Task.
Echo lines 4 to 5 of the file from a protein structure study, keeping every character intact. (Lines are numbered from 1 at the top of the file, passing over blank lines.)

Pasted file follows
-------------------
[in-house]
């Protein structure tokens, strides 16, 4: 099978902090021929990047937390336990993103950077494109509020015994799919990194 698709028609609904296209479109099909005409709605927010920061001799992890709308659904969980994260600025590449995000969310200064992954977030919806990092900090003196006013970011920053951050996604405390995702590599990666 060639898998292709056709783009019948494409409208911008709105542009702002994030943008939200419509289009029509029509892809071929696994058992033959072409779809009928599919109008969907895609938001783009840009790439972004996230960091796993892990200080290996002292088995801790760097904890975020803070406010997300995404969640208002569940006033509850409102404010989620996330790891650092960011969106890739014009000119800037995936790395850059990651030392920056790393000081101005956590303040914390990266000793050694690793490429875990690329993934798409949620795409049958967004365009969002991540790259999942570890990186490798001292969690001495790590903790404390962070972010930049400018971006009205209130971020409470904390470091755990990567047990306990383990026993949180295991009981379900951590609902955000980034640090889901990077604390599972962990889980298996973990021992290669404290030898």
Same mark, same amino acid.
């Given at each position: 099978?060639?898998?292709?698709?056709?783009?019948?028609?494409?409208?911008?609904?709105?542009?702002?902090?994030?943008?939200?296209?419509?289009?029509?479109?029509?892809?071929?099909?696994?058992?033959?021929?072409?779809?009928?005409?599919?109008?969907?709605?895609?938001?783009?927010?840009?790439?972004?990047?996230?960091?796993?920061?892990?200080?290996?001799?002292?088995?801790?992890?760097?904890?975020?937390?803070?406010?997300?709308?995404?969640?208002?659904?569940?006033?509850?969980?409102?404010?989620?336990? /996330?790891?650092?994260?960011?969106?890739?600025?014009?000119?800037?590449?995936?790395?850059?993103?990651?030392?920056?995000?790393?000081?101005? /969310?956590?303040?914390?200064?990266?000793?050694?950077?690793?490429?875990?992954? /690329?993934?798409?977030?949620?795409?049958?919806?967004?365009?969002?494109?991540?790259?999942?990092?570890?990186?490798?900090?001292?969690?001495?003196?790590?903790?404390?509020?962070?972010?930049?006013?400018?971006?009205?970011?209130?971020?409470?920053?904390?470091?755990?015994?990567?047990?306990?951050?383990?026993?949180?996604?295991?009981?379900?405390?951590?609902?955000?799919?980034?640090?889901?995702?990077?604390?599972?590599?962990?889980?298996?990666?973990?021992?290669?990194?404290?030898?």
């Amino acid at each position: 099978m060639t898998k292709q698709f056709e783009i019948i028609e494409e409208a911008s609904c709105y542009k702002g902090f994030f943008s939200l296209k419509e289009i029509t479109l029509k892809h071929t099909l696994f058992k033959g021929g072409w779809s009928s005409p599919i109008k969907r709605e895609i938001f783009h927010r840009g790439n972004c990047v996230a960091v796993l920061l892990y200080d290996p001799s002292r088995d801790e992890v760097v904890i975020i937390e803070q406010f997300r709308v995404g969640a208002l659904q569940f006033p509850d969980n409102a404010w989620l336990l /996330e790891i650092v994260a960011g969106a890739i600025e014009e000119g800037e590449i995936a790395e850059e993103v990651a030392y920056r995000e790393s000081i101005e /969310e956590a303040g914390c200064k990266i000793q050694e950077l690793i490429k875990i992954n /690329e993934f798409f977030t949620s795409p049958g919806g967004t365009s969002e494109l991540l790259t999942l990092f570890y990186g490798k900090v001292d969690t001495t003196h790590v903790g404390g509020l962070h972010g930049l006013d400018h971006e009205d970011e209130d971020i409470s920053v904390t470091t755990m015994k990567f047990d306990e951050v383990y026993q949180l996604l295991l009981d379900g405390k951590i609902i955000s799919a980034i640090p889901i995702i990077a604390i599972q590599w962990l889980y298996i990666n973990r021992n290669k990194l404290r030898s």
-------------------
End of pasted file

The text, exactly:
């Given at each position: 099978?060639?898998?292709?698709?056709?783009?019948?028609?494409?409208?911008?609904?709105?542009?702002?902090?994030?943008?939200?296209?419509?289009?029509?479109?029509?892809?071929?099909?696994?058992?033959?021929?072409?779809?009928?005409?599919?109008?969907?709605?895609?938001?783009?927010?840009?790439?972004?990047?996230?960091?796993?920061?892990?200080?290996?001799?002292?088995?801790?992890?760097?904890?975020?937390?803070?406010?997300?709308?995404?969640?208002?659904?569940?006033?509850?969980?409102?404010?989620?336990? /996330?790891?650092?994260?960011?969106?890739?600025?014009?000119?800037?590449?995936?790395?850059?993103?990651?030392?920056?995000?790393?000081?101005? /969310?956590?303040?914390?200064?990266?000793?050694?950077?690793?490429?875990?992954? /690329?993934?798409?977030?949620?795409?049958?919806?967004?365009?969002?494109?991540?790259?999942?990092?570890?990186?490798?900090?001292?969690?001495?003196?790590?903790?404390?509020?962070?972010?930049?006013?400018?971006?009205?970011?209130?971020?409470?920053?904390?470091?755990?015994?990567?047990?306990?951050?383990?026993?949180?996604?295991?009981?379900?405390?951590?609902?955000?799919?980034?640090?889901?995702?990077?604390?599972?590599?962990?889980?298996?990666?973990?021992?290669?990194?404290?030898?």
């Amino acid at each position: 099978m060639t898998k292709q698709f056709e783009i019948i028609e494409e409208a911008s609904c709105y542009k702002g902090f994030f943008s939200l296209k419509e289009i029509t479109l029509k892809h071929t099909l696994f058992k033959g021929g072409w779809s009928s005409p599919i109008k969907r709605e895609i938001f783009h927010r840009g790439n972004c990047v996230a960091v796993l920061l892990y200080d290996p001799s002292r088995d801790e992890v760097v904890i975020i937390e803070q406010f997300r709308v995404g969640a208002l659904q569940f006033p509850d969980n409102a404010w989620l336990l /996330e790891i650092v994260a960011g969106a890739i600025e014009e000119g800037e590449i995936a790395e850059e993103v990651a030392y920056r995000e790393s000081i101005e /969310e956590a303040g914390c200064k990266i000793q050694e950077l690793i490429k875990i992954n /690329e993934f798409f977030t949620s795409p049958g919806g967004t365009s969002e494109l991540l790259t999942l990092f570890y990186g490798k900090v001292d969690t001495t003196h790590v903790g404390g509020l962070h972010g930049l006013d400018h971006e009205d970011e209130d971020i409470s920053v904390t470091t755990m015994k990567f047990d306990e951050v383990y026993q949180l996604l295991l009981d379900g405390k951590i609902i955000s799919a980034i640090p889901i995702i990077a604390i599972q590599w962990l889980y298996i990666n973990r021992n290669k990194l404290r030898s």